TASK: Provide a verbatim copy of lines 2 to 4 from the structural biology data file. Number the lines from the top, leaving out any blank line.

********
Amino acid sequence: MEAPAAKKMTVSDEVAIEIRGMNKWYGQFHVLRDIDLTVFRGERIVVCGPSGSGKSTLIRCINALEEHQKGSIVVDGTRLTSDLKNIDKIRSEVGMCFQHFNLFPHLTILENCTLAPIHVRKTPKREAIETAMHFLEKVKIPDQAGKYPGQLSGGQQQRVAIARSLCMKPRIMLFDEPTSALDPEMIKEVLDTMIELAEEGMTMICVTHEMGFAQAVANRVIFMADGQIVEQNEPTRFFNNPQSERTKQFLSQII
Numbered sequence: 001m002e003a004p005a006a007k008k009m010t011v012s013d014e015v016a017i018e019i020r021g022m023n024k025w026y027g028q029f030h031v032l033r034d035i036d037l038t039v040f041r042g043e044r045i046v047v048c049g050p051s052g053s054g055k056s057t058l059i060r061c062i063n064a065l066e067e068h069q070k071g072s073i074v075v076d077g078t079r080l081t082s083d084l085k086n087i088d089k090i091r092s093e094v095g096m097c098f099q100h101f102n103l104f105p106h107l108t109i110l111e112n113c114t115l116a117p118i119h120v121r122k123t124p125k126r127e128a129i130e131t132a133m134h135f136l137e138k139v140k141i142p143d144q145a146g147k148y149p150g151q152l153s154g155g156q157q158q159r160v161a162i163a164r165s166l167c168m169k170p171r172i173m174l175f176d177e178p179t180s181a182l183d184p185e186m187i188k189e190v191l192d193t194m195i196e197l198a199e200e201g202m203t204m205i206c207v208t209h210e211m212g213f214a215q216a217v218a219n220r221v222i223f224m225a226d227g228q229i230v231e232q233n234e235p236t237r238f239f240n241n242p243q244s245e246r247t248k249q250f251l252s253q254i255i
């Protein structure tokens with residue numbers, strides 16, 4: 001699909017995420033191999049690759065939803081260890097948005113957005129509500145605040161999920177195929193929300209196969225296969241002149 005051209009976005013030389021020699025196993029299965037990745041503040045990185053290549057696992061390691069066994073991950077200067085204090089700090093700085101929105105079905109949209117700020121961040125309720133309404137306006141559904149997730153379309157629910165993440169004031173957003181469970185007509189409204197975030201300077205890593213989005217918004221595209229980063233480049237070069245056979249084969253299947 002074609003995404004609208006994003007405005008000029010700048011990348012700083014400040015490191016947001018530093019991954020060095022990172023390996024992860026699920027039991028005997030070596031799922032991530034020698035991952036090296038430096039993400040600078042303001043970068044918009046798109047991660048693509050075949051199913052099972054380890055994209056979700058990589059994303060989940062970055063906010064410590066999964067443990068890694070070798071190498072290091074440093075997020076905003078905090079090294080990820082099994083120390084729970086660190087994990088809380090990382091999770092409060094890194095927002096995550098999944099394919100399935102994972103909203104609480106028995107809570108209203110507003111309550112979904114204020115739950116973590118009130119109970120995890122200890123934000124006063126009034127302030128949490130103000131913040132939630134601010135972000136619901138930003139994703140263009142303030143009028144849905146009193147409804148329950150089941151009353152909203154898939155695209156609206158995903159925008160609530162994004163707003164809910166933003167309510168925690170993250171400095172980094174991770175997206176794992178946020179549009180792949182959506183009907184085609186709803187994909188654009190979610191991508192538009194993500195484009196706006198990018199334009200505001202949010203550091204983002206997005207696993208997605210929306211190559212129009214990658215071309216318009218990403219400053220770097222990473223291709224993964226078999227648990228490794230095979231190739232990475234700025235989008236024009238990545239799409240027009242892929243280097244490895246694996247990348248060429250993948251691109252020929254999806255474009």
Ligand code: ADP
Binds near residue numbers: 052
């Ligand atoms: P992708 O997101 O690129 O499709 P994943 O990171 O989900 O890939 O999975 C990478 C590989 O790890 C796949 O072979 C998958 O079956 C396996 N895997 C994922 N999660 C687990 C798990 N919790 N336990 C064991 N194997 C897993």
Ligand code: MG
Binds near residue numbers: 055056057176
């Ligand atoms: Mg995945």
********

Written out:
Numbered sequence: 001m002e003a004p005a006a007k008k009m010t011v012s013d014e015v016a017i018e019i020r021g022m023n024k025w026y027g028q029f030h031v032l033r034d035i036d037l038t039v040f041r042g043e044r045i046v047v048c049g050p051s052g053s054g055k056s057t058l059i060r061c062i063n064a065l066e067e068h069q070k071g072s073i074v075v076d077g078t079r080l081t082s083d084l085k086n087i088d089k090i091r092s093e094v095g096m097c098f099q100h101f102n103l104f105p106h107l108t109i110l111e112n113c114t115l116a117p118i119h120v121r122k123t124p125k126r127e128a129i130e131t132a133m134h135f136l137e138k139v140k141i142p143d144q145a146g147k148y149p150g151q152l153s154g155g156q157q158q159r160v161a162i163a164r165s166l167c168m169k170p171r172i173m174l175f176d177e178p179t180s181a182l183d184p185e186m187i188k189e190v191l192d193t194m195i196e197l198a199e200e201g202m203t204m205i206c207v208t209h210e211m212g213f214a215q216a217v218a219n220r221v222i223f224m225a226d227g228q229i230v231e232q233n234e235p236t237r238f239f240n241n242p243q244s245e246r247t248k249q250f251l252s253q254i255i
């Protein structure tokens with residue numbers, strides 16, 4: 001699909017995420033191999049690759065939803081260890097948005113957005129509500145605040161999920177195929193929300209196969225296969241002149 005051209009976005013030389021020699025196993029299965037990745041503040045990185053290549057696992061390691069066994073991950077200067085204090089700090093700085101929105105079905109949209117700020121961040125309720133309404137306006141559904149997730153379309157629910165993440169004031173957003181469970185007509189409204197975030201300077205890593213989005217918004221595209229980063233480049237070069245056979249084969253299947 002074609003995404004609208006994003007405005008000029010700048011990348012700083014400040015490191016947001018530093019991954020060095022990172023390996024992860026699920027039991028005997030070596031799922032991530034020698035991952036090296038430096039993400040600078042303001043970068044918009046798109047991660048693509050075949051199913052099972054380890055994209056979700058990589059994303060989940062970055063906010064410590066999964067443990068890694070070798071190498072290091074440093075997020076905003078905090079090294080990820082099994083120390084729970086660190087994990088809380090990382091999770092409060094890194095927002096995550098999944099394919100399935102994972103909203104609480106028995107809570108209203110507003111309550112979904114204020115739950116973590118009130119109970120995890122200890123934000124006063126009034127302030128949490130103000131913040132939630134601010135972000136619901138930003139994703140263009142303030143009028144849905146009193147409804148329950150089941151009353152909203154898939155695209156609206158995903159925008160609530162994004163707003164809910166933003167309510168925690170993250171400095172980094174991770175997206176794992178946020179549009180792949182959506183009907184085609186709803187994909188654009190979610191991508192538009194993500195484009196706006198990018199334009200505001202949010203550091204983002206997005207696993208997605210929306211190559212129009214990658215071309216318009218990403219400053220770097222990473223291709224993964226078999227648990228490794230095979231190739232990475234700025235989008236024009238990545239799409240027009242892929243280097244490895246694996247990348248060429250993948251691109252020929254999806255474009």
Ligand code: ADP